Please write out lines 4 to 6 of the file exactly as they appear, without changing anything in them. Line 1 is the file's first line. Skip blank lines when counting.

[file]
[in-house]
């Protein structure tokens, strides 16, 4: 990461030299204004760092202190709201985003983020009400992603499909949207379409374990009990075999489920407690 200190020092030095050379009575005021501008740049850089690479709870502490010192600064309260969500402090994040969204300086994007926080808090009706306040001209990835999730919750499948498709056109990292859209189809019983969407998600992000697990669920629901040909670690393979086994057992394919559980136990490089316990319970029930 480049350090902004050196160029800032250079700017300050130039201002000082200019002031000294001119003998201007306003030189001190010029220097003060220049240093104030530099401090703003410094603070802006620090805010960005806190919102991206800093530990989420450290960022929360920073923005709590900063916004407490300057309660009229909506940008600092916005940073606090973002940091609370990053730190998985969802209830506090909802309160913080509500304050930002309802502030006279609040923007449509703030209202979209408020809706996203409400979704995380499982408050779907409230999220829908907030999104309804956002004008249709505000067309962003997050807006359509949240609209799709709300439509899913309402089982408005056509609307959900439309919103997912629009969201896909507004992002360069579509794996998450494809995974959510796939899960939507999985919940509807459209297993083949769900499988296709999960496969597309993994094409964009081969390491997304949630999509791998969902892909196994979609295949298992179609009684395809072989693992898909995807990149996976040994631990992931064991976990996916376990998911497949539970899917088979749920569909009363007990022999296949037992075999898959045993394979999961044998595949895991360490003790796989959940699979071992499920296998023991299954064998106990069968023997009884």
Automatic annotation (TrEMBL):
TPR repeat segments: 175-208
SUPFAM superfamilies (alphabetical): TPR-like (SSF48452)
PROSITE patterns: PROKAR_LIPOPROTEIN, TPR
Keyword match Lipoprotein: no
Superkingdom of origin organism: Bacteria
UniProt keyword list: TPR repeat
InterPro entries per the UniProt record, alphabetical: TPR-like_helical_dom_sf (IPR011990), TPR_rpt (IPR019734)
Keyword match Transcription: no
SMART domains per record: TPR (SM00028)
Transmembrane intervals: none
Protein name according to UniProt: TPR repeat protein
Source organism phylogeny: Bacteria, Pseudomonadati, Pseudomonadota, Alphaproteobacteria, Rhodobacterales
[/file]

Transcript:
TPR repeat segments: 175-208
SUPFAM superfamilies (alphabetical): TPR-like (SSF48452)
PROSITE patterns: PROKAR_LIPOPROTEIN, TPR